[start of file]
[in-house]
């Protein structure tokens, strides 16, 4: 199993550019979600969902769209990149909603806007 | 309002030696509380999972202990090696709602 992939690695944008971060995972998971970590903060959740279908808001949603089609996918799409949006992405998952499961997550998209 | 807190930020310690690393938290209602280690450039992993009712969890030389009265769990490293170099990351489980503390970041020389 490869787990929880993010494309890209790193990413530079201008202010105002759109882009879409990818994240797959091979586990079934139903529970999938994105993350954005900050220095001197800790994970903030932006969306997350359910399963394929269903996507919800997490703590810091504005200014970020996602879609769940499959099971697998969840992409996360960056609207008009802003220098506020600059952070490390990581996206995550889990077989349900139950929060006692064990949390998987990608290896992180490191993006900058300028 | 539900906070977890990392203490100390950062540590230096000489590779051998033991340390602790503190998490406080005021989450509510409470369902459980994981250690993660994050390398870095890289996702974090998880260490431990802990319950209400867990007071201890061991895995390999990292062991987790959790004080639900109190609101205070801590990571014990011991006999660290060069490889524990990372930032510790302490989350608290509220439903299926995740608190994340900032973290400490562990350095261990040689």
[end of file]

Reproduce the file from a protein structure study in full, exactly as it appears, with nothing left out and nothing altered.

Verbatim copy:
[in-house]
């Protein structure tokens, strides 16, 4: 199993550019979600969902769209990149909603806007 | 309002030696509380999972202990090696709602 992939690695944008971060995972998971970590903060959740279908808001949603089609996918799409949006992405998952499961997550998209 | 807190930020310690690393938290209602280690450039992993009712969890030389009265769990490293170099990351489980503390970041020389 490869787990929880993010494309890209790193990413530079201008202010105002759109882009879409990818994240797959091979586990079934139903529970999938994105993350954005900050220095001197800790994970903030932006969306997350359910399963394929269903996507919800997490703590810091504005200014970020996602879609769940499959099971697998969840992409996360960056609207008009802003220098506020600059952070490390990581996206995550889990077989349900139950929060006692064990949390998987990608290896992180490191993006900058300028 | 539900906070977890990392203490100390950062540590230096000489590779051998033991340390602790503190998490406080005021989450509510409470369902459980994981250690993660994050390398870095890289996702974090998880260490431990802990319950209400867990007071201890061991895995390999990292062991987790959790004080639900109190609101205070801590990571014990011991006999660290060069490889524990990372930032510790302490989350608290509220439903299926995740608190994340900032973290400490562990350095261990040689």